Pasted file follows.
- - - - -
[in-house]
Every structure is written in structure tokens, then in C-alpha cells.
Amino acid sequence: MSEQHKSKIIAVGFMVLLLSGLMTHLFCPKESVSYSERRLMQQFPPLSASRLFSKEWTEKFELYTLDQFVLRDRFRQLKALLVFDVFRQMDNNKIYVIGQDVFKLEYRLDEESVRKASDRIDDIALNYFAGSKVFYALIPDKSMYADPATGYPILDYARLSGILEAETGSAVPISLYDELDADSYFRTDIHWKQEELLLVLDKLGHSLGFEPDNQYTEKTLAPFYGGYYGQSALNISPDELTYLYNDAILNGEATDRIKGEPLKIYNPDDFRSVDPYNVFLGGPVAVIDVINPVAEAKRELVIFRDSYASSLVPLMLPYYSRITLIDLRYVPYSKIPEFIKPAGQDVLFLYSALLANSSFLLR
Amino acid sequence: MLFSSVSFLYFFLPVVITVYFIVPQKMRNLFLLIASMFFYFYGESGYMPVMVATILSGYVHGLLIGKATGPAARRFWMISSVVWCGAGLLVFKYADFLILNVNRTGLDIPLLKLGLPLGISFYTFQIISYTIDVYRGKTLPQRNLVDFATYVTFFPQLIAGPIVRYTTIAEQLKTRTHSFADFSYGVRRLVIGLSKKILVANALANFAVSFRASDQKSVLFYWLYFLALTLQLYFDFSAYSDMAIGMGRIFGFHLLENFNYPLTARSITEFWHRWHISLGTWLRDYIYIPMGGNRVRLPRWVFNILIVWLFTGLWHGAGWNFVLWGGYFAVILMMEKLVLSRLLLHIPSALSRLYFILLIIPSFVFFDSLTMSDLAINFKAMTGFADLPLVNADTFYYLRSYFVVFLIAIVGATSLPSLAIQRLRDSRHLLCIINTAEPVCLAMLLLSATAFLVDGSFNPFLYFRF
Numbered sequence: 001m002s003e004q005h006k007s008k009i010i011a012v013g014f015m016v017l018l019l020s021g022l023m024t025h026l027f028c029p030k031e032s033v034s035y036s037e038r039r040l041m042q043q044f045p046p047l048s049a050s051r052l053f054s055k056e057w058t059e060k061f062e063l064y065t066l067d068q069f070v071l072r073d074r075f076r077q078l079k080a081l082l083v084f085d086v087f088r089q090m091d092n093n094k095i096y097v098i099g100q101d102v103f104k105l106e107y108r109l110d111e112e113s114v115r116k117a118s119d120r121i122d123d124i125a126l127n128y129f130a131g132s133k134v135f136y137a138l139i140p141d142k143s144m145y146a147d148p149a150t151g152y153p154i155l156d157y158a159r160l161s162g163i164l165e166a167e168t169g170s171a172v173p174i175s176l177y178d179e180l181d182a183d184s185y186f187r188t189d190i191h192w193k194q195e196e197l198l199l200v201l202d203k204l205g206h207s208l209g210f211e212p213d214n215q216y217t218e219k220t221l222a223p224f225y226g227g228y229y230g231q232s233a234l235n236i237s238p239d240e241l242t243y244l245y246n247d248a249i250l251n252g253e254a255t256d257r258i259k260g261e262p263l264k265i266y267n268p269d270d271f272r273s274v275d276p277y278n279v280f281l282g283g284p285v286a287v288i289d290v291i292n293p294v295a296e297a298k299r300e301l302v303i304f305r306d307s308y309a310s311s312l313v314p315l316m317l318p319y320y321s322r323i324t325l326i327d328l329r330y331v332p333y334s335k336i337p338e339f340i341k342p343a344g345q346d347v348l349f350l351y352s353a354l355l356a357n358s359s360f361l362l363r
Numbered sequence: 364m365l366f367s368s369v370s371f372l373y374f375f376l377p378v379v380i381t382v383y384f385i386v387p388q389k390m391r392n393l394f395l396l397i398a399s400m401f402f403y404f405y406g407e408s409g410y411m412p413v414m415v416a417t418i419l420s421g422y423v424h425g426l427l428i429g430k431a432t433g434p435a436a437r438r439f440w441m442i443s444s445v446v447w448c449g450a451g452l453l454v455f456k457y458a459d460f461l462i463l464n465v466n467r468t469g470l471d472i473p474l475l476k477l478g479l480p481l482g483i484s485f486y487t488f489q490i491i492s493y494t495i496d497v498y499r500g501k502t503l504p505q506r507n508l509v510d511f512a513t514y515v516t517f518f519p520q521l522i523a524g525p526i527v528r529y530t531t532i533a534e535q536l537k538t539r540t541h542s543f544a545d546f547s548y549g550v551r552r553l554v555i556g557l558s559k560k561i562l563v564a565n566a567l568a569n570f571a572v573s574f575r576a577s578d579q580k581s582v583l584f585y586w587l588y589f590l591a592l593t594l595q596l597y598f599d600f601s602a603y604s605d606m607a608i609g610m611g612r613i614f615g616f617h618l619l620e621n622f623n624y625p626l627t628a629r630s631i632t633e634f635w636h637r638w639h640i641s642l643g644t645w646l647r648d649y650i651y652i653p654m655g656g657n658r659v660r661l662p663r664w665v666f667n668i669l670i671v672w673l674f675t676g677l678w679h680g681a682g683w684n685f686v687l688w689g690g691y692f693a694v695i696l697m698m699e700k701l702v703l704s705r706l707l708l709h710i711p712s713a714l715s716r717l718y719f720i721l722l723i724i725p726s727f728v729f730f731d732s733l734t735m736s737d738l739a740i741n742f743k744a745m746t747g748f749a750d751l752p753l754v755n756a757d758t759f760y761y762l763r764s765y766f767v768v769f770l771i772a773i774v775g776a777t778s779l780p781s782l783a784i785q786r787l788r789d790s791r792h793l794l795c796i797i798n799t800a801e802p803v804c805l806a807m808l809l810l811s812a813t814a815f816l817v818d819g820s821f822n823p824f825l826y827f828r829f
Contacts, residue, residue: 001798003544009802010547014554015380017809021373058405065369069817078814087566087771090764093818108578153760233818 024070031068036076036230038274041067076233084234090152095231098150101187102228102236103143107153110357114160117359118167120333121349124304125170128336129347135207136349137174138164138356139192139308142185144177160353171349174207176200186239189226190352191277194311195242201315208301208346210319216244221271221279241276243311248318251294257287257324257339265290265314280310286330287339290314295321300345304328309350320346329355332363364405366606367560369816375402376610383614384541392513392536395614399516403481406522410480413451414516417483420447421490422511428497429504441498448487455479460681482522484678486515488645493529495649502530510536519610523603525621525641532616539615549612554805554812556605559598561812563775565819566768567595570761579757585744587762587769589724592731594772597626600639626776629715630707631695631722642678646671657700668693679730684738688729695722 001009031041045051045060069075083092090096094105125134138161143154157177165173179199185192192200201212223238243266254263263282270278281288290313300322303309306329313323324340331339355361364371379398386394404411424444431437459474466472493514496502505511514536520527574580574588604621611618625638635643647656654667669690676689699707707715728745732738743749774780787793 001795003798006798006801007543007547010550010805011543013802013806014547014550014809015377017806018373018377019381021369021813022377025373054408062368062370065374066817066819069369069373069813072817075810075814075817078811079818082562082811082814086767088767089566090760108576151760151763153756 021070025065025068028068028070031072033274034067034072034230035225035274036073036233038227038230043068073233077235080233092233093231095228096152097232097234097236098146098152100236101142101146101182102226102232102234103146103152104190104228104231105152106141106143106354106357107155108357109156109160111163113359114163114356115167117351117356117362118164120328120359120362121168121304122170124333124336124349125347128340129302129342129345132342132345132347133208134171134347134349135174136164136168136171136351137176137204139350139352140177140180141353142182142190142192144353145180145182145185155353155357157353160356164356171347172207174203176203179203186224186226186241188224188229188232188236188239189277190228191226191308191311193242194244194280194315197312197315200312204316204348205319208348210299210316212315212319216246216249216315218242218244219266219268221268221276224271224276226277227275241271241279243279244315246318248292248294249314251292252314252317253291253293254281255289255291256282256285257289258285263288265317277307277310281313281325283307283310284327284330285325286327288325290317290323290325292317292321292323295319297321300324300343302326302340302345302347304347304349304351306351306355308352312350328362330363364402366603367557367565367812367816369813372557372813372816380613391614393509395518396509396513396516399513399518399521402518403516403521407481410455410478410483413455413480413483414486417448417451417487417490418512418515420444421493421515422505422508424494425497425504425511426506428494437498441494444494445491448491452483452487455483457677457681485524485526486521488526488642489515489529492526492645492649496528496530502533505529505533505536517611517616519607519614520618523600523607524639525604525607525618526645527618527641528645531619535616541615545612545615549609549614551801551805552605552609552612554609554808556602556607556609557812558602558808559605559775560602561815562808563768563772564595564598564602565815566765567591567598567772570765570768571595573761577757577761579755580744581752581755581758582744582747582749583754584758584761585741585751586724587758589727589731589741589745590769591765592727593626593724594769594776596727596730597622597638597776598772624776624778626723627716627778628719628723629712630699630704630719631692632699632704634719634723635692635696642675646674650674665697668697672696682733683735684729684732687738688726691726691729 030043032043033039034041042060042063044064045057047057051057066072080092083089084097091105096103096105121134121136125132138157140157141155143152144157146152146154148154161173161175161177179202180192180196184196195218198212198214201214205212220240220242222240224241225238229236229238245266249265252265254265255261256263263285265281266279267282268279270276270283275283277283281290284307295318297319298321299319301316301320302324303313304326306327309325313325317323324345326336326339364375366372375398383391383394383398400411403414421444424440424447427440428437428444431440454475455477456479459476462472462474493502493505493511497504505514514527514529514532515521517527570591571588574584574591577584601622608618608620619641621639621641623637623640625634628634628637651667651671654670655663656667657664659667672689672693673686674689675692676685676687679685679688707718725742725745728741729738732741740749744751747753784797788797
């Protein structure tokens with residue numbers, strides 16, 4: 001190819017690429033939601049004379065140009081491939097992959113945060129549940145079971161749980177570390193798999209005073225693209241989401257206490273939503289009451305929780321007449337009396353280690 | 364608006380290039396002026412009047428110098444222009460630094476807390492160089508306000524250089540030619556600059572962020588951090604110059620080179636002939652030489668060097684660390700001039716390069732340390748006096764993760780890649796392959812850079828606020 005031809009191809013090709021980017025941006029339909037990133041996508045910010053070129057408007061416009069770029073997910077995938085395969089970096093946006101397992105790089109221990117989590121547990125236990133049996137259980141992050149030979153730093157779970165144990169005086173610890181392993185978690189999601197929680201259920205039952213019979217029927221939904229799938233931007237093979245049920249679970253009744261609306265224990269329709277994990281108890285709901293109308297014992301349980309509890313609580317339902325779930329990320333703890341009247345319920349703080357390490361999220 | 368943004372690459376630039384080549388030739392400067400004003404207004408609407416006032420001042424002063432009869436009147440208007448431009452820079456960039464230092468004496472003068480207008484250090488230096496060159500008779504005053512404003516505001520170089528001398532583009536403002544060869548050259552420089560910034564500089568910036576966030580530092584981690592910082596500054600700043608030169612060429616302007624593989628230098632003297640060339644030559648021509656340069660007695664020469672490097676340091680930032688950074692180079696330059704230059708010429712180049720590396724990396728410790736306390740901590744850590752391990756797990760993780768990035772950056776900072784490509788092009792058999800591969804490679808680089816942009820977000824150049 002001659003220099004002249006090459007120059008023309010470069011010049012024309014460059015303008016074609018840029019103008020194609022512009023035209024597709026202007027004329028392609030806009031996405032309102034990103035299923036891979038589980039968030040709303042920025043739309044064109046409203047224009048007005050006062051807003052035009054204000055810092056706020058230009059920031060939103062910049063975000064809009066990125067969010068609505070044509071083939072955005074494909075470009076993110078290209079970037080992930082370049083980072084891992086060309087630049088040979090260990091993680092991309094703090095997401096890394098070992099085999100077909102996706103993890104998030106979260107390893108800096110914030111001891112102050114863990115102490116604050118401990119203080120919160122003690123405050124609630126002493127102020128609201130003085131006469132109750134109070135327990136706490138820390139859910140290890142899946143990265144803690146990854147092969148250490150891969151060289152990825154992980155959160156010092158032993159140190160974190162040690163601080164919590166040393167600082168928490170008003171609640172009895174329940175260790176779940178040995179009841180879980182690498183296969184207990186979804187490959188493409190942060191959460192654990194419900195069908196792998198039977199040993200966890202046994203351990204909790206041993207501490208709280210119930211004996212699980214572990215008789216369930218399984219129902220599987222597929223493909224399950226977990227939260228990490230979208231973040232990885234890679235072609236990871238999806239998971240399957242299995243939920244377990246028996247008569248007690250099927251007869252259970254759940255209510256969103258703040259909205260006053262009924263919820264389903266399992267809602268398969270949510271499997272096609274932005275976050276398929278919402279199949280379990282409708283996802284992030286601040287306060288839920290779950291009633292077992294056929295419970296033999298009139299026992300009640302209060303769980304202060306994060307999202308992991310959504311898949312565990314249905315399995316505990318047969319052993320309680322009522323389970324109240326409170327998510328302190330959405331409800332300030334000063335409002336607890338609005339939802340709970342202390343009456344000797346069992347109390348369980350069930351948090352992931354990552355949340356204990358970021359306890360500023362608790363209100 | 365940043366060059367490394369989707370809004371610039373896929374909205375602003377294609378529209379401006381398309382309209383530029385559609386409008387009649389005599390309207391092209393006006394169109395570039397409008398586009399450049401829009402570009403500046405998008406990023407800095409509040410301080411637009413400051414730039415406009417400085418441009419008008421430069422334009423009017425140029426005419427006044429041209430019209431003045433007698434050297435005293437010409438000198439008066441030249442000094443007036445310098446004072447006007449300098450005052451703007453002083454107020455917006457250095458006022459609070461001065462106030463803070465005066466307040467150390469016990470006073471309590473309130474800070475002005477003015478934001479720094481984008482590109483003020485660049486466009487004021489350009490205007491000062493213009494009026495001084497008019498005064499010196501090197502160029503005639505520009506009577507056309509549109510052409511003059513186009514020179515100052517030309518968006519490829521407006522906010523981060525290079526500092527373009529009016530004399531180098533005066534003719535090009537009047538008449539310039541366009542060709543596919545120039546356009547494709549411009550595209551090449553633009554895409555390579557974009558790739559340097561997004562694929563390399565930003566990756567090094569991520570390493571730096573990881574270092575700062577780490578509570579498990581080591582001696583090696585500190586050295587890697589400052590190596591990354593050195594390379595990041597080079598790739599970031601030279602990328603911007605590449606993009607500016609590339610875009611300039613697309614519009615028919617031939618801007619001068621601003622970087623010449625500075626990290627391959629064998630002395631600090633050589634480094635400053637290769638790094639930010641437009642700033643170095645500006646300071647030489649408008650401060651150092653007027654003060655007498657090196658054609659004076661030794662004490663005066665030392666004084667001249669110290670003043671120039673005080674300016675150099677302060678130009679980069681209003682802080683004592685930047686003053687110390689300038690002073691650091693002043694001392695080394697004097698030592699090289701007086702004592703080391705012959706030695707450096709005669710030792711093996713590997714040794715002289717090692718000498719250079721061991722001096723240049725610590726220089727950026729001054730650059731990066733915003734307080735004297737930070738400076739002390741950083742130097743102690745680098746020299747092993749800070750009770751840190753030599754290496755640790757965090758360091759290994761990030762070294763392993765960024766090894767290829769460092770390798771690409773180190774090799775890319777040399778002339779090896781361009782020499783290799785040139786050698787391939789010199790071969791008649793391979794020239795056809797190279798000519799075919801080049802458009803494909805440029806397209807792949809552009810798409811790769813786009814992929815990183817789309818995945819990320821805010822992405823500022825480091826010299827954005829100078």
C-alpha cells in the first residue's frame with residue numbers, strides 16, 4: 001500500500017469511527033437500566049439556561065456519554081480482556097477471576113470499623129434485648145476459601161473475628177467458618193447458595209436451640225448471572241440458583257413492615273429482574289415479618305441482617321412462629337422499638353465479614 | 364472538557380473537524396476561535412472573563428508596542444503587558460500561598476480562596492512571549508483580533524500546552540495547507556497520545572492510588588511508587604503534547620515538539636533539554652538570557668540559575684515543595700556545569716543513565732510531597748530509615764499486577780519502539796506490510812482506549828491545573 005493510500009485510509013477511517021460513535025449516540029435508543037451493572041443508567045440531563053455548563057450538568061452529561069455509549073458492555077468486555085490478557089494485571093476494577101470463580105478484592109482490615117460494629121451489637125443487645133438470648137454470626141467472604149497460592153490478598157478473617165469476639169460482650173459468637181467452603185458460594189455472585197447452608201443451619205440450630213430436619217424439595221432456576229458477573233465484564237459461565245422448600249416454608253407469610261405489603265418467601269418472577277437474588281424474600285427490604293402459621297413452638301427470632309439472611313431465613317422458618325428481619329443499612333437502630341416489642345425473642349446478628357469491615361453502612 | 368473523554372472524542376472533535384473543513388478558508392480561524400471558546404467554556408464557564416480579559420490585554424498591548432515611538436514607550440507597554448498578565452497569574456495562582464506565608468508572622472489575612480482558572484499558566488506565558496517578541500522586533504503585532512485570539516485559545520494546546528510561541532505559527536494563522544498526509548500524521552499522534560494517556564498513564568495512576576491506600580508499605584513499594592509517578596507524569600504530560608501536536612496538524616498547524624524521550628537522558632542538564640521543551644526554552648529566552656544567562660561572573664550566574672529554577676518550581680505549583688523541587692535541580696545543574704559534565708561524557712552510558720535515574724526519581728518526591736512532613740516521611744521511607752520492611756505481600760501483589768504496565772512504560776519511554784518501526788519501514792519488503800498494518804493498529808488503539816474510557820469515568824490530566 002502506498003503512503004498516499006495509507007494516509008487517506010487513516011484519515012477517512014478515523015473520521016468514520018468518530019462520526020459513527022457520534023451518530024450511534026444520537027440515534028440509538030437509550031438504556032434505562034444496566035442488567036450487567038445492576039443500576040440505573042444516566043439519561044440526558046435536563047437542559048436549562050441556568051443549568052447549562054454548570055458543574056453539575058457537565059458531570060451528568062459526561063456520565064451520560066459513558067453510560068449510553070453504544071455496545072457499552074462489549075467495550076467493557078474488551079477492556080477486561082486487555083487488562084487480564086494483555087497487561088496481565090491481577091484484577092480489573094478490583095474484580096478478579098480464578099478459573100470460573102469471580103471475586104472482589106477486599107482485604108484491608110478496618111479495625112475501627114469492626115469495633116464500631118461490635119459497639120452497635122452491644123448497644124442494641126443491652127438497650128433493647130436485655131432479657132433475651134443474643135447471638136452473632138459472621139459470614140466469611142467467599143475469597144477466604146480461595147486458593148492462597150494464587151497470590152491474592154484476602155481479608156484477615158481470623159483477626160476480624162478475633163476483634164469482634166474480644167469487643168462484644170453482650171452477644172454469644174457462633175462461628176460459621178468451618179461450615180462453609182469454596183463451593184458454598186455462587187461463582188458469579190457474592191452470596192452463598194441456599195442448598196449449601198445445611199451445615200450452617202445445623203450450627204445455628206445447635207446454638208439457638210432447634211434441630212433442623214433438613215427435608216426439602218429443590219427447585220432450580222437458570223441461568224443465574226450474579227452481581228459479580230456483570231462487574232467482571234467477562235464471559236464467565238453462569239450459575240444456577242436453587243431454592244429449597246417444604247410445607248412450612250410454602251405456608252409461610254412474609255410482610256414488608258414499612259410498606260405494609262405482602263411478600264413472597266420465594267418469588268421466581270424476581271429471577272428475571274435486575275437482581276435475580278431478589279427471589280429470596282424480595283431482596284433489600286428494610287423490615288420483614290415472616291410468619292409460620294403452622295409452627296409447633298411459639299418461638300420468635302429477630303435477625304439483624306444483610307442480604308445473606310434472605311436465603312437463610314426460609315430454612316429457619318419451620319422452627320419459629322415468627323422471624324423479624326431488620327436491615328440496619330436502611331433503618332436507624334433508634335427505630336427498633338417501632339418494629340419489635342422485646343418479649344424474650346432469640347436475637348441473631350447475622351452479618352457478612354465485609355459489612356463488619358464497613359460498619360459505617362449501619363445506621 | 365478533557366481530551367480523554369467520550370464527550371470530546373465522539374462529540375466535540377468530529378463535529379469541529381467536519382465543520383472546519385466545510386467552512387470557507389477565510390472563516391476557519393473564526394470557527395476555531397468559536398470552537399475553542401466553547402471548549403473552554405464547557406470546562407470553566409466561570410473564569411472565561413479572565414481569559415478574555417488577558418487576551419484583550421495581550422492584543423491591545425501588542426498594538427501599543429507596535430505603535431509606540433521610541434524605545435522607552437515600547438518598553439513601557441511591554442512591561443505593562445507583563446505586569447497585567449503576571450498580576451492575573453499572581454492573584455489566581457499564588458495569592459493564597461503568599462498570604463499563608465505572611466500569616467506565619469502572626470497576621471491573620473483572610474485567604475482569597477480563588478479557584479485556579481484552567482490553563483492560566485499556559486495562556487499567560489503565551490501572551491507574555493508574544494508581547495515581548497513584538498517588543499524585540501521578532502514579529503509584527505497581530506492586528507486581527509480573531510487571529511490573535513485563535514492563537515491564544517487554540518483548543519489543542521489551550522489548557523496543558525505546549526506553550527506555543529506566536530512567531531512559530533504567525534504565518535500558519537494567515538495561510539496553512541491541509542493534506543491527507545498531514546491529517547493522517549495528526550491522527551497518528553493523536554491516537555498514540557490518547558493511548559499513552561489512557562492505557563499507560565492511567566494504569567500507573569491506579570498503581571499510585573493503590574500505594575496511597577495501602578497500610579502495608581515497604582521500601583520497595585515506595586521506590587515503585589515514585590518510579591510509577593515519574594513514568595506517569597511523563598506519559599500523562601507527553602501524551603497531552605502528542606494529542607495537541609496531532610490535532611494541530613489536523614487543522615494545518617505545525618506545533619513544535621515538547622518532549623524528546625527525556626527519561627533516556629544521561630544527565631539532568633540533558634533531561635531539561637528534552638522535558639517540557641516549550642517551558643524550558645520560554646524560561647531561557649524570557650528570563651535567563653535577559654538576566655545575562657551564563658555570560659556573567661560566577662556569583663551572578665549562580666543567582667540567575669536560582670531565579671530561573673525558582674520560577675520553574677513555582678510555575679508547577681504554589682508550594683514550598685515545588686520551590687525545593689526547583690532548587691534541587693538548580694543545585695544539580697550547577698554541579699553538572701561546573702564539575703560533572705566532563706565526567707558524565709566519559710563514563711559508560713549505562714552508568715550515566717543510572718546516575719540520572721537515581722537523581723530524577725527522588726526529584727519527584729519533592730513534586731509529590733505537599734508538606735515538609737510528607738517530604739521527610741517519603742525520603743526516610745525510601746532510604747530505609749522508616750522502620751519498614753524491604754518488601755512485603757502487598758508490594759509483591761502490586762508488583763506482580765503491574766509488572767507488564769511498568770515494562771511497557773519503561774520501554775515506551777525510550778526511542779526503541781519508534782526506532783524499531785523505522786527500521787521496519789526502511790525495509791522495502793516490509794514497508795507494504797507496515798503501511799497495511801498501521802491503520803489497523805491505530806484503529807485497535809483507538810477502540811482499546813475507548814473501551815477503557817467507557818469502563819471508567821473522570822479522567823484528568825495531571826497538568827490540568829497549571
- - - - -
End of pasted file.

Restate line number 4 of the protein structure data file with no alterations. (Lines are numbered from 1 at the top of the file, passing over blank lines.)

Amino acid sequence: MLFSSVSFLYFFLPVVITVYFIVPQKMRNLFLLIASMFFYFYGESGYMPVMVATILSGYVHGLLIGKATGPAARRFWMISSVVWCGAGLLVFKYADFLILNVNRTGLDIPLLKLGLPLGISFYTFQIISYTIDVYRGKTLPQRNLVDFATYVTFFPQLIAGPIVRYTTIAEQLKTRTHSFADFSYGVRRLVIGLSKKILVANALANFAVSFRASDQKSVLFYWLYFLALTLQLYFDFSAYSDMAIGMGRIFGFHLLENFNYPLTARSITEFWHRWHISLGTWLRDYIYIPMGGNRVRLPRWVFNILIVWLFTGLWHGAGWNFVLWGGYFAVILMMEKLVLSRLLLHIPSALSRLYFILLIIPSFVFFDSLTMSDLAINFKAMTGFADLPLVNADTFYYLRSYFVVFLIAIVGATSLPSLAIQRLRDSRHLLCIINTAEPVCLAMLLLSATAFLVDGSFNPFLYFRF